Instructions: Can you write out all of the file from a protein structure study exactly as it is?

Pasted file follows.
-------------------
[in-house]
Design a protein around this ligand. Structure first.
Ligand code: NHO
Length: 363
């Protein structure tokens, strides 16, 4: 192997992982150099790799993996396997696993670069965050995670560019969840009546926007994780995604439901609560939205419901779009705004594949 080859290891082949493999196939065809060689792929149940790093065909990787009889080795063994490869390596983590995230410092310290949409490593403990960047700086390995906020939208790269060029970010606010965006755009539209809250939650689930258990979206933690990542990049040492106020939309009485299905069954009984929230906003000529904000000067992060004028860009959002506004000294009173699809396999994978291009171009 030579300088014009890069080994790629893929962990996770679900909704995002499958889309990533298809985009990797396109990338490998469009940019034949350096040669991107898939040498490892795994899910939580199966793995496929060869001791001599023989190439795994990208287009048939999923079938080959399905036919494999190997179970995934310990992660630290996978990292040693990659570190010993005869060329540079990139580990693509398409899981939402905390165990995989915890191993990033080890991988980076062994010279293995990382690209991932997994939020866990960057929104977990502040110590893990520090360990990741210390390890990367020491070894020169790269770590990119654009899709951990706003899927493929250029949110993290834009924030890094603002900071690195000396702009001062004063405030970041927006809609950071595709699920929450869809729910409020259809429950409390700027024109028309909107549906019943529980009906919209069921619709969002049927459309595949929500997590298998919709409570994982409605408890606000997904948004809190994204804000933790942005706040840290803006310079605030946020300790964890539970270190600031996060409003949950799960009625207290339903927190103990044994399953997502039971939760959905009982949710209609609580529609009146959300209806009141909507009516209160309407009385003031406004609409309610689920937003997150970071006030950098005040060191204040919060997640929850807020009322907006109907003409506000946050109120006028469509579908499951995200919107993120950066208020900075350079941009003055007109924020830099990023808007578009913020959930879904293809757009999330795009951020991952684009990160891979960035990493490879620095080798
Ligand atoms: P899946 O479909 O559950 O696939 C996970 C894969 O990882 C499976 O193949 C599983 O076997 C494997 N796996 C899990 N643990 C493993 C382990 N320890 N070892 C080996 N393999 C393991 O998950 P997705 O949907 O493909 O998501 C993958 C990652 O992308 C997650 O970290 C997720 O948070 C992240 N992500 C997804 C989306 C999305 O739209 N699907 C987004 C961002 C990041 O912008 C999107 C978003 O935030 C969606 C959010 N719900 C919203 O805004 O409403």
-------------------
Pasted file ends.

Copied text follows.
[in-house]
Design a protein around this ligand. Structure first.
Ligand code: NHO
Length: 363
């Protein structure tokens, strides 16, 4: 192997992982150099790799993996396997696993670069965050995670560019969840009546926007994780995604439901609560939205419901779009705004594949 080859290891082949493999196939065809060689792929149940790093065909990787009889080795063994490869390596983590995230410092310290949409490593403990960047700086390995906020939208790269060029970010606010965006755009539209809250939650689930258990979206933690990542990049040492106020939309009485299905069954009984929230906003000529904000000067992060004028860009959002506004000294009173699809396999994978291009171009 030579300088014009890069080994790629893929962990996770679900909704995002499958889309990533298809985009990797396109990338490998469009940019034949350096040669991107898939040498490892795994899910939580199966793995496929060869001791001599023989190439795994990208287009048939999923079938080959399905036919494999190997179970995934310990992660630290996978990292040693990659570190010993005869060329540079990139580990693509398409899981939402905390165990995989915890191993990033080890991988980076062994010279293995990382690209991932997994939020866990960057929104977990502040110590893990520090360990990741210390390890990367020491070894020169790269770590990119654009899709951990706003899927493929250029949110993290834009924030890094603002900071690195000396702009001062004063405030970041927006809609950071595709699920929450869809729910409020259809429950409390700027024109028309909107549906019943529980009906919209069921619709969002049927459309595949929500997590298998919709409570994982409605408890606000997904948004809190994204804000933790942005706040840290803006310079605030946020300790964890539970270190600031996060409003949950799960009625207290339903927190103990044994399953997502039971939760959905009982949710209609609580529609009146959300209806009141909507009516209160309407009385003031406004609409309610689920937003997150970071006030950098005040060191204040919060997640929850807020009322907006109907003409506000946050109120006028469509579908499951995200919107993120950066208020900075350079941009003055007109924020830099990023808007578009913020959930879904293809757009999330795009951020991952684009990160891979960035990493490879620095080798
Ligand atoms: P899946 O479909 O559950 O696939 C996970 C894969 O990882 C499976 O193949 C599983 O076997 C494997 N796996 C899990 N643990 C493993 C382990 N320890 N070892 C080996 N393999 C393991 O998950 P997705 O949907 O493909 O998501 C993958 C990652 O992308 C997650 O970290 C997720 O948070 C992240 N992500 C997804 C989306 C999305 O739209 N699907 C987004 C961002 C990041 O912008 C999107 C978003 O935030 C969606 C959010 N719900 C919203 O805004 O409403």